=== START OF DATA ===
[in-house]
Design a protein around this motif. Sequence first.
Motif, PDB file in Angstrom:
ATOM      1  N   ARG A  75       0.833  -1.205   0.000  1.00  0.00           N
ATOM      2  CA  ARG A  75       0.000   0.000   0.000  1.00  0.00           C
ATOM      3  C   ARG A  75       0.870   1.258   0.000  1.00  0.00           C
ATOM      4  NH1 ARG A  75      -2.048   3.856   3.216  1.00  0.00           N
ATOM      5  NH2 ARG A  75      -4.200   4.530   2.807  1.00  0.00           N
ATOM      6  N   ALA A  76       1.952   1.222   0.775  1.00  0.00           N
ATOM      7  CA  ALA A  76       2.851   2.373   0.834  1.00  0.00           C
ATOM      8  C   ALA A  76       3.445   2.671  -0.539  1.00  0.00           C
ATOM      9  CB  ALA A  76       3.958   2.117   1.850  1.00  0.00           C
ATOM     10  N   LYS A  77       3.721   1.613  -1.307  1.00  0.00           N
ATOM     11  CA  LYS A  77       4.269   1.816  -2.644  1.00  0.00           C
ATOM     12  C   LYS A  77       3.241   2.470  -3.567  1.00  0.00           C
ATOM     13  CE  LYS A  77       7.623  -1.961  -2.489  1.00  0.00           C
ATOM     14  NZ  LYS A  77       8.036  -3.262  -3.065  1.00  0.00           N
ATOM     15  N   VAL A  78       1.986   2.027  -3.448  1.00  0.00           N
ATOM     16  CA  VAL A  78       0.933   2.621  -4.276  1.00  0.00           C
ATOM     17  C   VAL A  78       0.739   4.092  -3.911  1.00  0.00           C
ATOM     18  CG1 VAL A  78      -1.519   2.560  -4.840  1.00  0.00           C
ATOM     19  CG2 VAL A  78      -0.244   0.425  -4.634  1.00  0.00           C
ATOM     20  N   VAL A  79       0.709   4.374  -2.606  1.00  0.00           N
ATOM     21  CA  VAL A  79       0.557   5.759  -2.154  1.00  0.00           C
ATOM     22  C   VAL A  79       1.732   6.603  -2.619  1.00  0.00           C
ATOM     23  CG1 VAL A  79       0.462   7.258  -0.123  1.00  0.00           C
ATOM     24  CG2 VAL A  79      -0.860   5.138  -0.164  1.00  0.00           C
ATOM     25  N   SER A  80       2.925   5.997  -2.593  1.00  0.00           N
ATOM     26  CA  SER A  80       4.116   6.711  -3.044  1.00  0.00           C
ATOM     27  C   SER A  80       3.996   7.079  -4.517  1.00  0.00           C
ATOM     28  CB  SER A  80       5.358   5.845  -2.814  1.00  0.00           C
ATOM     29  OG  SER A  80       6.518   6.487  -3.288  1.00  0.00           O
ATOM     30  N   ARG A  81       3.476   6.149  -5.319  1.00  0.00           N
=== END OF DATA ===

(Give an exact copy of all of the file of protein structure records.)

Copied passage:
[in-house]
Design a protein around this motif. Sequence first.
Motif, PDB file in Angstrom:
ATOM      1  N   ARG A  75       0.833  -1.205   0.000  1.00  0.00           N
ATOM      2  CA  ARG A  75       0.000   0.000   0.000  1.00  0.00           C
ATOM      3  C   ARG A  75       0.870   1.258   0.000  1.00  0.00           C
ATOM      4  NH1 ARG A  75      -2.048   3.856   3.216  1.00  0.00           N
ATOM      5  NH2 ARG A  75      -4.200   4.530   2.807  1.00  0.00           N
ATOM      6  N   ALA A  76       1.952   1.222   0.775  1.00  0.00           N
ATOM      7  CA  ALA A  76       2.851   2.373   0.834  1.00  0.00           C
ATOM      8  C   ALA A  76       3.445   2.671  -0.539  1.00  0.00           C
ATOM      9  CB  ALA A  76       3.958   2.117   1.850  1.00  0.00           C
ATOM     10  N   LYS A  77       3.721   1.613  -1.307  1.00  0.00           N
ATOM     11  CA  LYS A  77       4.269   1.816  -2.644  1.00  0.00           C
ATOM     12  C   LYS A  77       3.241   2.470  -3.567  1.00  0.00           C
ATOM     13  CE  LYS A  77       7.623  -1.961  -2.489  1.00  0.00           C
ATOM     14  NZ  LYS A  77       8.036  -3.262  -3.065  1.00  0.00           N
ATOM     15  N   VAL A  78       1.986   2.027  -3.448  1.00  0.00           N
ATOM     16  CA  VAL A  78       0.933   2.621  -4.276  1.00  0.00           C
ATOM     17  C   VAL A  78       0.739   4.092  -3.911  1.00  0.00           C
ATOM     18  CG1 VAL A  78      -1.519   2.560  -4.840  1.00  0.00           C
ATOM     19  CG2 VAL A  78      -0.244   0.425  -4.634  1.00  0.00           C
ATOM     20  N   VAL A  79       0.709   4.374  -2.606  1.00  0.00           N
ATOM     21  CA  VAL A  79       0.557   5.759  -2.154  1.00  0.00           C
ATOM     22  C   VAL A  79       1.732   6.603  -2.619  1.00  0.00           C
ATOM     23  CG1 VAL A  79       0.462   7.258  -0.123  1.00  0.00           C
ATOM     24  CG2 VAL A  79      -0.860   5.138  -0.164  1.00  0.00           C
ATOM     25  N   SER A  80       2.925   5.997  -2.593  1.00  0.00           N
ATOM     26  CA  SER A  80       4.116   6.711  -3.044  1.00  0.00           C
ATOM     27  C   SER A  80       3.996   7.079  -4.517  1.00  0.00           C
ATOM     28  CB  SER A  80       5.358   5.845  -2.814  1.00  0.00           C
ATOM     29  OG  SER A  80       6.518   6.487  -3.288  1.00  0.00           O
ATOM     30  N   ARG A  81       3.476   6.149  -5.319  1.00  0.00           N